truth. Mr. Bush and the rest of the administration know
that "blanket amnesty" would be as suicidal
politically as it would be for the nation. Therefore,
what you do is resurrect the amnesty plan under another
name—smuggle it in under the blanket, as it were. The
whole art of democratic politics consists largely of
selling unpopular ideas

under another name.

What the president did suggest last
week was a vague statement that "we need to have an
immigration policy that helps match any willing employer
with any willing employee."
In other words, the main
problem for Mr. Bush seems to be an economic one, rather
than political or cultural.

Moreover, as with the old
"temporary workers plan,"
if illegal aliens have or
can get


American employers
, then they would be eligible for
legal residency. It`s not "blanket amnesty"
because it does require some conditions for becoming
legal, but it is still very clearly amnesty because it
makes legal what is illegal.

It`s also a bad idea that merely
recapitulates all that is wrong with amnesty period,
blanket or under the blanket.

Amnesty under any terms

rewards illegal activity

encourages more of it

Amnesty under any terms insults and
creates disincentives for law-abiding conduct.

Amnesty under any terms makes such
ideals as the rule of law and the enforcement of law

a sick joke
, a joke that in the midst of the
ballyhoo about the

"war on terrorism"
is not at all funny.

Moreover, as happened during the
discussion of the

temporary workers plan
, the limited amnesty the
administration and some congressional allies are pushing
won`t stay limited. In 2001 the Democrats denounced Mr.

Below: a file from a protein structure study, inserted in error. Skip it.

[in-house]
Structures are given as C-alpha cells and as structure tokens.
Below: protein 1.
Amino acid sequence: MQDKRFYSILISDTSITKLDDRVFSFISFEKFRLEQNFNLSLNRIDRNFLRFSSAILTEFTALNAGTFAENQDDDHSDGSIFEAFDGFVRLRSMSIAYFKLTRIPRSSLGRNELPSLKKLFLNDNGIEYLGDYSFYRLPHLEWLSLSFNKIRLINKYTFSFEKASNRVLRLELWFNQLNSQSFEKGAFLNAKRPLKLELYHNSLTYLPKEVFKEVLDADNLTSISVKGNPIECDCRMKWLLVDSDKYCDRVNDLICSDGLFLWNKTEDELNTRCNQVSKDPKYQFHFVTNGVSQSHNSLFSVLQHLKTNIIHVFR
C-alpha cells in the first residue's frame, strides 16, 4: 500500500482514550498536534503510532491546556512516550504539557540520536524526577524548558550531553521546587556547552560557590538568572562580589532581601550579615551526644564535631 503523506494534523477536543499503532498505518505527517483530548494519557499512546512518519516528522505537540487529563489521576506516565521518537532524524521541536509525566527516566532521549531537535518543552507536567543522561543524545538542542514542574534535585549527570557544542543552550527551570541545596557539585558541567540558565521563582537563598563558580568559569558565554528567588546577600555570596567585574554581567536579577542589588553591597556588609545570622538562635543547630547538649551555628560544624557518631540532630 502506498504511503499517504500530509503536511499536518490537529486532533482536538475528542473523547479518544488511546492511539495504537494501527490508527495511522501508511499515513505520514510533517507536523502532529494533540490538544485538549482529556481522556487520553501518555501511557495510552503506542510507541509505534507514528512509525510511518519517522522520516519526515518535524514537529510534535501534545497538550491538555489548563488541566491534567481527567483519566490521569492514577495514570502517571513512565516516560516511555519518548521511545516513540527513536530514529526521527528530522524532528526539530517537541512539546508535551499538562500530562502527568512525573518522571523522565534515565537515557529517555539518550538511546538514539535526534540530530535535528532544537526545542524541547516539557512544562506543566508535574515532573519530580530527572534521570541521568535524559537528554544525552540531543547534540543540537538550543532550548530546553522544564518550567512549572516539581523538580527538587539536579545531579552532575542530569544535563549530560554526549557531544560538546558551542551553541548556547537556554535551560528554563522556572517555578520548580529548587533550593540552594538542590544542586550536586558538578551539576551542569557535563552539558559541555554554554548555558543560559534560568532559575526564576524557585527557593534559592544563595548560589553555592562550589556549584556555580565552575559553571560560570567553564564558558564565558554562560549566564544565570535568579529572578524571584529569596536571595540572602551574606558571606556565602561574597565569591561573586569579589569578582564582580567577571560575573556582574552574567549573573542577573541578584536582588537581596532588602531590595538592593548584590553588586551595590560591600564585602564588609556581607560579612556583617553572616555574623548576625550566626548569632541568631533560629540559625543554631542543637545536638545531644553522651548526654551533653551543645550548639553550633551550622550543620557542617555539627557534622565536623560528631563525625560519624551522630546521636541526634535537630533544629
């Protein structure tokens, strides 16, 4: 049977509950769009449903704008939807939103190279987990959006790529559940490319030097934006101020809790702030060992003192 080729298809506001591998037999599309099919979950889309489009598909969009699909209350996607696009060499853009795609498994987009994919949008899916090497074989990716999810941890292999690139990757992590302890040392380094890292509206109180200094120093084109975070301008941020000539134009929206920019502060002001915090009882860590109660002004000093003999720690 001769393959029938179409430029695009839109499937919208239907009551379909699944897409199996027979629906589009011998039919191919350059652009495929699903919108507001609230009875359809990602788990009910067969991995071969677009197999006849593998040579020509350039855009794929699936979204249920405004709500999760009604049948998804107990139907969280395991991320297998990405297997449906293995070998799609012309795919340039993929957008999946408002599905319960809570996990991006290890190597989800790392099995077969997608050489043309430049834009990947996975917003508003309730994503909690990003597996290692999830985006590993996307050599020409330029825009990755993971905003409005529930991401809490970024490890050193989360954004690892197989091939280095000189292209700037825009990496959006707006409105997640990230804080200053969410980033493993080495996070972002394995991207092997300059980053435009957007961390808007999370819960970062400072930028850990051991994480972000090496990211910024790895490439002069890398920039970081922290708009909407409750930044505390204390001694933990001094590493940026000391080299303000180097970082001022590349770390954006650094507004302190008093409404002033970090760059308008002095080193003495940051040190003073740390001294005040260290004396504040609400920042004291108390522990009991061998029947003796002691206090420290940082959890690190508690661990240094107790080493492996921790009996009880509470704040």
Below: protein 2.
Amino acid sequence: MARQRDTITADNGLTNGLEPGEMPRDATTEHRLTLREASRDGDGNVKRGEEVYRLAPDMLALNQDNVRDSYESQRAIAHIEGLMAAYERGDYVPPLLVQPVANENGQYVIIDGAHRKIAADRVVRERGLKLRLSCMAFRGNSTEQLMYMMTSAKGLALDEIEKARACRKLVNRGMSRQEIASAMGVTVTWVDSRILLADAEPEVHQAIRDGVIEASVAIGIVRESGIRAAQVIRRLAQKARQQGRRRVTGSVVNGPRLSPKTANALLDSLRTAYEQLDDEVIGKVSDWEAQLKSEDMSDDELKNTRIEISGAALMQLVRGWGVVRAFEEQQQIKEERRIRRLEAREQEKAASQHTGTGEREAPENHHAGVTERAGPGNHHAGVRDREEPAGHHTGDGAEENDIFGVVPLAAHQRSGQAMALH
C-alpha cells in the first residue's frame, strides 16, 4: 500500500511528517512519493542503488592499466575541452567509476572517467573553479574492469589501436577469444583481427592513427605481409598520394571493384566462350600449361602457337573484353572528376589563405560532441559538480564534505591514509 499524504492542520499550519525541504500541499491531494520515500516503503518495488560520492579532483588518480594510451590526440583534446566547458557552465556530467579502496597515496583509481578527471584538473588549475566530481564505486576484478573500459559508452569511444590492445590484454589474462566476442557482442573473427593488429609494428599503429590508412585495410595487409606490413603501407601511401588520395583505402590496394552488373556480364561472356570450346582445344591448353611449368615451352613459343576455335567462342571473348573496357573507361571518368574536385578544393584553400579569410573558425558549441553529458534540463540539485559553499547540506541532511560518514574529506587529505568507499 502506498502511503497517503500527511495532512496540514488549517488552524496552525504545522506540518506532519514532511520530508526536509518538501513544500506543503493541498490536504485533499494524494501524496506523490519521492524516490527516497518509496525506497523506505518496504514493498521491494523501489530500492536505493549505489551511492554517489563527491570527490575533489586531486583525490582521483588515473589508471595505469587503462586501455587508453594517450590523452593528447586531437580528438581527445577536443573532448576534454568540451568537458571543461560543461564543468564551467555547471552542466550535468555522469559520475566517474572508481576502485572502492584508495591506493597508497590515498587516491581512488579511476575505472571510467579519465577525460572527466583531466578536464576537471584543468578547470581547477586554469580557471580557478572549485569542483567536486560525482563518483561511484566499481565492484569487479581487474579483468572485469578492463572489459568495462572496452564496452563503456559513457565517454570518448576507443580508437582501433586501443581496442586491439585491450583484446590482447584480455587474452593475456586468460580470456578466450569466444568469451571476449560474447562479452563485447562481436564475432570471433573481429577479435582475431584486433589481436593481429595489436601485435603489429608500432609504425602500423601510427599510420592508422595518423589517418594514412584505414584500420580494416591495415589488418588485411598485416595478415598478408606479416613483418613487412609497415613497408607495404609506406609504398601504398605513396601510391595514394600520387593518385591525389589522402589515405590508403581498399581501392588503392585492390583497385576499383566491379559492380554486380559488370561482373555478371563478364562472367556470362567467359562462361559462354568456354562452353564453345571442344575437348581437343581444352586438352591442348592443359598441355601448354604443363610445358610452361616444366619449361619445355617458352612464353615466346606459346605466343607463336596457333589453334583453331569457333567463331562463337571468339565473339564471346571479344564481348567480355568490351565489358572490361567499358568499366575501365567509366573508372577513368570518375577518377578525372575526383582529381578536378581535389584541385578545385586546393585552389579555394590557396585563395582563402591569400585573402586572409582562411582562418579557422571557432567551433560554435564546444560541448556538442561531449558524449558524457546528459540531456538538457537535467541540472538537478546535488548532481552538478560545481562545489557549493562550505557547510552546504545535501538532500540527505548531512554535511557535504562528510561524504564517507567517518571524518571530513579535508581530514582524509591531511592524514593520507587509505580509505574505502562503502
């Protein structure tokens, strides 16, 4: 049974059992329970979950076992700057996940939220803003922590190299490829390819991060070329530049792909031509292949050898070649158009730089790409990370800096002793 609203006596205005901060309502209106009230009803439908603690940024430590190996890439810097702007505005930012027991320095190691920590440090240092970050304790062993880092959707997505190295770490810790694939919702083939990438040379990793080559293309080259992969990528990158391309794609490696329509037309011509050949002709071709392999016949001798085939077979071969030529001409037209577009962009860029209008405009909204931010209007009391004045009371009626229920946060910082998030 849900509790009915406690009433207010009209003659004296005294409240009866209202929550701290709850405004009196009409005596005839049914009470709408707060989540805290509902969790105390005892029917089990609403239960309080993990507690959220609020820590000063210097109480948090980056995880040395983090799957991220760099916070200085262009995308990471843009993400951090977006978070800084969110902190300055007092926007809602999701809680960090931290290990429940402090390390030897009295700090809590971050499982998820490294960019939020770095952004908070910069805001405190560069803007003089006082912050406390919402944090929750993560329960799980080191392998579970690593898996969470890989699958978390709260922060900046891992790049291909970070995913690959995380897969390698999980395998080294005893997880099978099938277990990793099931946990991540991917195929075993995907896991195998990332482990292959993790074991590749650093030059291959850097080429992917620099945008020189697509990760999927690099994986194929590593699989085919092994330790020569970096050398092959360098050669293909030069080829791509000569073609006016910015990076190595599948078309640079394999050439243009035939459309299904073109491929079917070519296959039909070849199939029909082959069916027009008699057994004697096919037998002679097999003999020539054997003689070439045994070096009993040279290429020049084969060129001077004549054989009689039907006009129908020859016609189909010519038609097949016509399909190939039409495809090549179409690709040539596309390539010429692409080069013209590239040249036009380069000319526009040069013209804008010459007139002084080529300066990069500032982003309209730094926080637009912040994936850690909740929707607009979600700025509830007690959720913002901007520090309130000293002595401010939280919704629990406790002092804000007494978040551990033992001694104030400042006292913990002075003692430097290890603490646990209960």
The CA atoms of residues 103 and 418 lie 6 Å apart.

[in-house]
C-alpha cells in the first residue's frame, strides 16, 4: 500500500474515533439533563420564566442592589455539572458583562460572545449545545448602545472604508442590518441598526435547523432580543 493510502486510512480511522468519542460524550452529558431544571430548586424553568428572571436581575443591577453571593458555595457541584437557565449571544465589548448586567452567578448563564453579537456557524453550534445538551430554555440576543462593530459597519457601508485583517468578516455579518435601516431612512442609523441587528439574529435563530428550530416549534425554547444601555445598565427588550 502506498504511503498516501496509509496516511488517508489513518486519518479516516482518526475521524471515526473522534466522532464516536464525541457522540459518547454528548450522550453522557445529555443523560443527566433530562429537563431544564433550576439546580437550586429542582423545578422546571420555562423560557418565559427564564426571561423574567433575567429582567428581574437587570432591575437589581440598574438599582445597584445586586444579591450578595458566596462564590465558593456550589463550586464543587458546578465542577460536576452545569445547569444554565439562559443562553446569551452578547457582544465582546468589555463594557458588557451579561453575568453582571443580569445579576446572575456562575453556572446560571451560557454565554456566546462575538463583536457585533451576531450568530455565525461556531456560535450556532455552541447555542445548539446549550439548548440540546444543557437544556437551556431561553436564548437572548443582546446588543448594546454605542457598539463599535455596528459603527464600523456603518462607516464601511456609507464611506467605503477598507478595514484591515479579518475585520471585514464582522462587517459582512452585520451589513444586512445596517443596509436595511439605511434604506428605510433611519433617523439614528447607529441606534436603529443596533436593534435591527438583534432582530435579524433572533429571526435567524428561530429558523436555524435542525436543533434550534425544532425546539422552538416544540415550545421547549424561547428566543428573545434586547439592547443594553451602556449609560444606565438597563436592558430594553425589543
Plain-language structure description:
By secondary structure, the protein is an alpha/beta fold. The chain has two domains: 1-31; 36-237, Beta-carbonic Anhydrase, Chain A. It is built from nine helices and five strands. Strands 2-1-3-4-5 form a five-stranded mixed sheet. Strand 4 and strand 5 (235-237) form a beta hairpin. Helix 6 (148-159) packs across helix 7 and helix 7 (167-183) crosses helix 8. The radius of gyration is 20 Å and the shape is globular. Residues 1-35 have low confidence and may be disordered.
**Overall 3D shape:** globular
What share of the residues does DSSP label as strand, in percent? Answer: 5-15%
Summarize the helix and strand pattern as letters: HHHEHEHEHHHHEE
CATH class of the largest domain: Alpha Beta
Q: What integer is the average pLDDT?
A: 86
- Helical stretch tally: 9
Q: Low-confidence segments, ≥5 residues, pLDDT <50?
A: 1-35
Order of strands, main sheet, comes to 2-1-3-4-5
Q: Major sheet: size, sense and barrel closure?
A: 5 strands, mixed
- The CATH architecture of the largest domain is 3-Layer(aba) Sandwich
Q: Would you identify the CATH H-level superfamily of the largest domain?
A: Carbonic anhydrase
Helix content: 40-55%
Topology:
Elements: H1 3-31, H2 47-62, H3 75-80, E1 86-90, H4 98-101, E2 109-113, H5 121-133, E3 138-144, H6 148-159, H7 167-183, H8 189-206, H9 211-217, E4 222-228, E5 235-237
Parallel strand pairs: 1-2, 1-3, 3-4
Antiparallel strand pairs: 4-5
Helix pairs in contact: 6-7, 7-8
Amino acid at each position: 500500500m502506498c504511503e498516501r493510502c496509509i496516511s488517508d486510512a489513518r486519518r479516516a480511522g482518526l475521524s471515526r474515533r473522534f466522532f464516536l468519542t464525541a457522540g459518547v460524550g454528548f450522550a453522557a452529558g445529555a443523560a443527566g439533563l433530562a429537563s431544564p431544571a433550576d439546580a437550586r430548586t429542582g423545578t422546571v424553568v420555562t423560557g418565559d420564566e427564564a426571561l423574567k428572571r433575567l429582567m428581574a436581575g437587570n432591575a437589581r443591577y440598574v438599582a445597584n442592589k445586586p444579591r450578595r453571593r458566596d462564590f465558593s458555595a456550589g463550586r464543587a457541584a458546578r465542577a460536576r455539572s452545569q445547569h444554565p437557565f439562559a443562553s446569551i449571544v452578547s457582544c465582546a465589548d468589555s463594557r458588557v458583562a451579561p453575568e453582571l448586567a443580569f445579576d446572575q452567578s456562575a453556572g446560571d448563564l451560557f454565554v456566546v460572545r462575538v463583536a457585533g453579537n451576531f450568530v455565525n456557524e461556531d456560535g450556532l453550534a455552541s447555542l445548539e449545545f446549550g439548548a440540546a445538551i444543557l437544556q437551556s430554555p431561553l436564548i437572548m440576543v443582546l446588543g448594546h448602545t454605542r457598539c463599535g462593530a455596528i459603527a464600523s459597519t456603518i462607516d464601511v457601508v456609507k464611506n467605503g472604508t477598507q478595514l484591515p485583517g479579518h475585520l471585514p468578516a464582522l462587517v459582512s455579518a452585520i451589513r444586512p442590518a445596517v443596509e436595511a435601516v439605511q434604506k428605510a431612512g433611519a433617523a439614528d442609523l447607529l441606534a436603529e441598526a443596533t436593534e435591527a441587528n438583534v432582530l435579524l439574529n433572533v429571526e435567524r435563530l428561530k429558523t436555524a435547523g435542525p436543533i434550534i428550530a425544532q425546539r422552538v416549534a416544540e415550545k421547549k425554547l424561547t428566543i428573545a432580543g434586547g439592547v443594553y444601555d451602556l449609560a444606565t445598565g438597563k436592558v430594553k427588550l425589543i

Bush`s plan as discriminatory against

non-Mexican illegals
and proposed their own amnesty
for all illegal aliens—some 12 million people.

That remains the position of all
the Democratic presidential candidates. It`s also the
logical step once the acceptability of any amnesty for
any group has been granted, and there`s no reason to
think it wouldn`t be adopted sooner or later.

If Mr. Bush, Mr. Ridge and other
administration leaders really favor serious immigration
reform, they need to forget about amnesty of any kind.
They need to consider that massive illegal immigration
is not only a threat to the integrity of the nation
itself and its citizenry but also a physical threat to
the nation`s security, and they need to treat illegal
immigration not as a

sensitive political problem
to be massaged with

or an economic problem for

American businessmen
or a

diplomatic bargaining chip
with Mexico but as a
problem of

national security

law enforcement.

Having created the massive
Department of Homeland Security under Mr. Ridge and
enacted stringent legislation in the Patriot Act and
similar laws to protect our security, the administration
should start thinking about the most effective way to
stop or drastically reduce illegal immigration now and
in the future and how to


the millions of illegals who are already

That—not amnesty and not fake

—is what we need.



[Sam Francis [email
him] is a nationally syndicated columnist. A selection
of his columns,

America Extinguished: Mass Immigration And The
Disintegration Of American Culture
, is now available

Americans For Immigration Control.

Click here
for Sam Francis` website.


to order his monograph
Ethnopolitics: Immigration, Race, and the American
Political Future and
here for
Glynn Custred`s review.